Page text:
Division of Assets at a Glance
“I am going to lose everything I have to pay for Long Term Care!” I hear this so often when meeting with residents and family members for the first time. It can overwhelming, but I reassure them that armed with some knowledge and my assistance, we will work through it together. Having gone down this path with my own parents, I understand the emotions, concerns & the questions that start flooding you. Some people are financially able to pay privately for Long Term Care (LTC) at least for a while, but the vast majority of elderly will at some point, look to Medicaid for assistance. Regardless of your financial status, if one spouse is remaining at home and the other one requires LTC, the first step to figuring it all out is the same for everyone – Division of Assets.
Division of Assets – Friend or Foe? Division of Assets is your FRIEND! It is designed to preserve your assets at their peak, so that the spouse at home does not become impoverished while paying for LTC for an institutionalized spouse. It WILL keep you from “losing everything.” In a very general nutshell; it’s reporting your assets to Division of Family Services (DFS) in order for 50% of your assets to be preserved or aside for the spouse remaining at home. Those preserved funds never have to be spent on LTC for a spouse in a nursing home – and it’s all legal YAH! In fact, it is the required 1st step by Division of Family Services if at some point, you will be looking to Medicaid to assist you with paying for LTC for your spouse. The most IMPORTANT part about completing a Division of Assets is do it when you FIRST start paying for LTC for a spouse – when you have the greatest amount of assets. Say you have $50,000 in assets. The process would set aside $25,000 of assets for the spouse at home that is basically untouchable and the remaining $25,000 would be required to be spent on care for the institutionalized spouse before they would be eligible to apply for Medicaid. If you wait 3 months to do a Division of Assets after you’ve already spent $15,000 for LTC for a spouse, you now only have $35.000 to divide in half. The spouse at home now only has $18,000 to preserve instead of $25,000. Completing a Division of Assets does not obligate you to apply for Medicaid. I does put you in the best financial position if and when you do and it lawfully protect the assets of the spouse at home.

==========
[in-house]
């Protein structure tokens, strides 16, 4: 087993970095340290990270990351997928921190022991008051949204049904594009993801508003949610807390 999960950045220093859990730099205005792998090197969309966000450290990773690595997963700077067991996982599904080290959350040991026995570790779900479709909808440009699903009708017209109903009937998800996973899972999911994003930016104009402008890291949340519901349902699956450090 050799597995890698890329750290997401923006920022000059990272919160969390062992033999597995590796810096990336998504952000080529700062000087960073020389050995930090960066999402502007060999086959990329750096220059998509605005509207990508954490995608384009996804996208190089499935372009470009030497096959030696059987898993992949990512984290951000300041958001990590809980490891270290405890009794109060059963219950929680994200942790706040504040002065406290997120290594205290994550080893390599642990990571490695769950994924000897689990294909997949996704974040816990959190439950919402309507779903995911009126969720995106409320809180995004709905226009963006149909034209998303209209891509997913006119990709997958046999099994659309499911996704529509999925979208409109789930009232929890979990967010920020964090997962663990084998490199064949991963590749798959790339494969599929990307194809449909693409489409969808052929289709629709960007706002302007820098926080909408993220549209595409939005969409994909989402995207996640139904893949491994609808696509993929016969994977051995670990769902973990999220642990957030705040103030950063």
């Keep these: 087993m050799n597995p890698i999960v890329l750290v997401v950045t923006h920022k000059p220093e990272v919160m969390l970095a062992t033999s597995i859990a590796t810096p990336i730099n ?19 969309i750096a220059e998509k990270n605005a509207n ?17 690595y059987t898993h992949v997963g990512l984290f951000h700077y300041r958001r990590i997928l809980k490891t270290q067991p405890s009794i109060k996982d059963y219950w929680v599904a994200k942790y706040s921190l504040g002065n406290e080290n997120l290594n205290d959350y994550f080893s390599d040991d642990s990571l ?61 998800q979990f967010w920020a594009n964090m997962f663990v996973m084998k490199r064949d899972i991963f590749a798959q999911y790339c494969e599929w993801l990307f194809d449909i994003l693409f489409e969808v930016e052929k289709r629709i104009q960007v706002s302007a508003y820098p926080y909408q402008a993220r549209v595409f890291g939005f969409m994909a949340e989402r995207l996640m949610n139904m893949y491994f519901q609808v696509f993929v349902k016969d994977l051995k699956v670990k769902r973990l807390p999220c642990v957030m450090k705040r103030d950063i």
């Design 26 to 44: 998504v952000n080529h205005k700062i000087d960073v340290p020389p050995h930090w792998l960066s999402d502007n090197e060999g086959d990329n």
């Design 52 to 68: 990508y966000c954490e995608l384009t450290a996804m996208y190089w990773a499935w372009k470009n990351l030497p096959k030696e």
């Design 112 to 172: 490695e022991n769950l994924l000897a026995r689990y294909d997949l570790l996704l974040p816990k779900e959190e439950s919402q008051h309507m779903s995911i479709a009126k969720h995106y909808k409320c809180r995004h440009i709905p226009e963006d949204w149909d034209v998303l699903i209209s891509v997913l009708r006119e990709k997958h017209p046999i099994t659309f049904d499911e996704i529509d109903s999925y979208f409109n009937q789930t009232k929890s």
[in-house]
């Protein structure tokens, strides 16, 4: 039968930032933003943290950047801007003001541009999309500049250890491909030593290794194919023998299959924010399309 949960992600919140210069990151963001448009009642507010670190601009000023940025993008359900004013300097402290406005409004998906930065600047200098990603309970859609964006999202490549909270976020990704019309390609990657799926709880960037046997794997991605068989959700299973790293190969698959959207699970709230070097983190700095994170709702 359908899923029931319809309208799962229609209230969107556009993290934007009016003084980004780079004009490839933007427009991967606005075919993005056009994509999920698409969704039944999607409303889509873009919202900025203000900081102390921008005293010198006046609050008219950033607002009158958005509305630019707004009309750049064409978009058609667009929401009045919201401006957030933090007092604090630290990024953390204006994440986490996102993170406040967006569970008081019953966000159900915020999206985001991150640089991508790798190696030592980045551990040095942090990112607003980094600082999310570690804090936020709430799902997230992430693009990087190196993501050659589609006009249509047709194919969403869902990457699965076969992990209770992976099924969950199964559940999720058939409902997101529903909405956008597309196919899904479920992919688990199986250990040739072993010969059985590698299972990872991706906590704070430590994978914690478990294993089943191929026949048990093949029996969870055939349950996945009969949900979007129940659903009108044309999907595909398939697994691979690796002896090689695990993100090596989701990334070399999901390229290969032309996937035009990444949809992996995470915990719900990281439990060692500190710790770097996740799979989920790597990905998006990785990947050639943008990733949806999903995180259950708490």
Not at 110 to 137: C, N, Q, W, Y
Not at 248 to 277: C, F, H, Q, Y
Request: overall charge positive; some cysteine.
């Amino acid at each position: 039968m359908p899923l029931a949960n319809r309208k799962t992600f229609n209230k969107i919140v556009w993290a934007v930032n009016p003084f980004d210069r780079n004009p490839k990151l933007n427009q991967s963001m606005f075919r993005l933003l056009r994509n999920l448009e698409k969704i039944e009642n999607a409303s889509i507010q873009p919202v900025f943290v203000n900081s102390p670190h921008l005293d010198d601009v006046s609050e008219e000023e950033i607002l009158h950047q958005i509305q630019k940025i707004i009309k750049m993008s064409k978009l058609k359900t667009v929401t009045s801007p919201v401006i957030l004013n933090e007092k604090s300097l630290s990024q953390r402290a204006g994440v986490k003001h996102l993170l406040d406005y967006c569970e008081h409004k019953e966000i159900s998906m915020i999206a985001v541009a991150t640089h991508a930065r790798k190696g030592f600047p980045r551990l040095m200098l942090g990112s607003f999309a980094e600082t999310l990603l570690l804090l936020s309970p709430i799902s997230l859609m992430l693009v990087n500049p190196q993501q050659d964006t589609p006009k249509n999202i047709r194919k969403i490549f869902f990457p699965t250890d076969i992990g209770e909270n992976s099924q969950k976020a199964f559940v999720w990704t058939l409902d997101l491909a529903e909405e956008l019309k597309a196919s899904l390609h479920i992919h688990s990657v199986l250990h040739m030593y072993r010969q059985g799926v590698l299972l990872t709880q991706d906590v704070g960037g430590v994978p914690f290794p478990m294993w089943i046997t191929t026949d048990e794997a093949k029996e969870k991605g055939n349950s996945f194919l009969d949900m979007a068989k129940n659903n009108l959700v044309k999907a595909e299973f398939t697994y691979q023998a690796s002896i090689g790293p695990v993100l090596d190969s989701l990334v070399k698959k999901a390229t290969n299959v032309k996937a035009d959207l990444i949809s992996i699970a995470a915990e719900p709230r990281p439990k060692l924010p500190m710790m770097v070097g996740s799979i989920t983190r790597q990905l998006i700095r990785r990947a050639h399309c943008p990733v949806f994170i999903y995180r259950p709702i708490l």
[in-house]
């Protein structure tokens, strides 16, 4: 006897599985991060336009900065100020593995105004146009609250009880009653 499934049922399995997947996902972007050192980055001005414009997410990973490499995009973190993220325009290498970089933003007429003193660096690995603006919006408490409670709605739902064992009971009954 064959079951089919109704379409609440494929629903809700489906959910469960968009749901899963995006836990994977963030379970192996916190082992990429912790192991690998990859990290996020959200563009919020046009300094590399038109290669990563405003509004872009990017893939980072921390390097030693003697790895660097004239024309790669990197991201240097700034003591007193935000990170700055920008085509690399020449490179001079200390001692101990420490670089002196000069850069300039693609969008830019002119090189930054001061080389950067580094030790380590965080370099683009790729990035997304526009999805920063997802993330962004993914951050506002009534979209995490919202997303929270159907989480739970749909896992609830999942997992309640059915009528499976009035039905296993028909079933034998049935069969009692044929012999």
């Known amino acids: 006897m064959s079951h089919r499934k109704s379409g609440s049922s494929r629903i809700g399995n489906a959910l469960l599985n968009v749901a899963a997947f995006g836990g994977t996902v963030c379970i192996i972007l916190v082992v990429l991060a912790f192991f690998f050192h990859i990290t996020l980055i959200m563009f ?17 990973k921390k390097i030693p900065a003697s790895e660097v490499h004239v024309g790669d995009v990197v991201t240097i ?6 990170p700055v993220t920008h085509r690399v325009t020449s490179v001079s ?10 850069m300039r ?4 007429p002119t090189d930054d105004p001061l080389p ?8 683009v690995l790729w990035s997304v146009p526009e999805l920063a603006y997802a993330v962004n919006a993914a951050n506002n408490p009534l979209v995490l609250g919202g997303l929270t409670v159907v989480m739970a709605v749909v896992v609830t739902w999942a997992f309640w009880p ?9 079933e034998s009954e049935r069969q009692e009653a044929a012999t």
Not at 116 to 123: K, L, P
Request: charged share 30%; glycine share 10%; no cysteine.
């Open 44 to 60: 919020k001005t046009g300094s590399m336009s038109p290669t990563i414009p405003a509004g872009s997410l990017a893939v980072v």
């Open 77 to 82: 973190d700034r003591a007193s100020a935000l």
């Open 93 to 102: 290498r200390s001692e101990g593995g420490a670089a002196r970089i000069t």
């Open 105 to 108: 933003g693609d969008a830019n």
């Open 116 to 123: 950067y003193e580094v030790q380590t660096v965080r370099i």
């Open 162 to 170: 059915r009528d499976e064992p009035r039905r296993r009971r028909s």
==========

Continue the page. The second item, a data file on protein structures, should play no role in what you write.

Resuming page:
Will I Lose My Home? Elderly couples sometimes balk at completing a Division of Assets with DFS for future assistance with Medicaid, in fear that they will lose their home leaving one spouse homeless. This is one of the most common misconceptions. Even though you are required to report your home’s value as an asset, its value is not included in your asset total for the purpose of dividing and preserving that 50% for the spouse at home – and that’s FABULOUS! The spouse at home can rest assured that their home will be intact while both couples are still living. Once both couples are deceased, Medicaid does have the right to recuperate any Medicaid monies they have paid for LTC for an institutionalized spouse from the sale of the home.